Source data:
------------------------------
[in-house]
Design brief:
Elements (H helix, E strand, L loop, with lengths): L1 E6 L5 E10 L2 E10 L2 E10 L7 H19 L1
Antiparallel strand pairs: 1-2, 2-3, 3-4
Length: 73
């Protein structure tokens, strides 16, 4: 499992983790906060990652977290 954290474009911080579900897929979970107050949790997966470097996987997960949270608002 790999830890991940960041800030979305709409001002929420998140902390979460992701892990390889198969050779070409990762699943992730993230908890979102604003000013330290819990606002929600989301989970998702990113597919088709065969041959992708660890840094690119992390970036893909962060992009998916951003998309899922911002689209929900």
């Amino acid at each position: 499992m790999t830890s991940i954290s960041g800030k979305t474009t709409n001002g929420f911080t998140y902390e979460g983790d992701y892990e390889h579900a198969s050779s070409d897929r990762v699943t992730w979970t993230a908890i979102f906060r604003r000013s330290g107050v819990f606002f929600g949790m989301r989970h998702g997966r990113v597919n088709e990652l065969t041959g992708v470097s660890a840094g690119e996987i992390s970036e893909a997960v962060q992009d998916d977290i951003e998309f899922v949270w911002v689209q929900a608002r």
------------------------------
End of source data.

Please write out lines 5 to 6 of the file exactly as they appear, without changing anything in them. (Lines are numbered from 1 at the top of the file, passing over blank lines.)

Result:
Length: 73
């Protein structure tokens, strides 16, 4: 499992983790906060990652977290 954290474009911080579900897929979970107050949790997966470097996987997960949270608002 790999830890991940960041800030979305709409001002929420998140902390979460992701892990390889198969050779070409990762699943992730993230908890979102604003000013330290819990606002929600989301989970998702990113597919088709065969041959992708660890840094690119992390970036893909962060992009998916951003998309899922911002689209929900």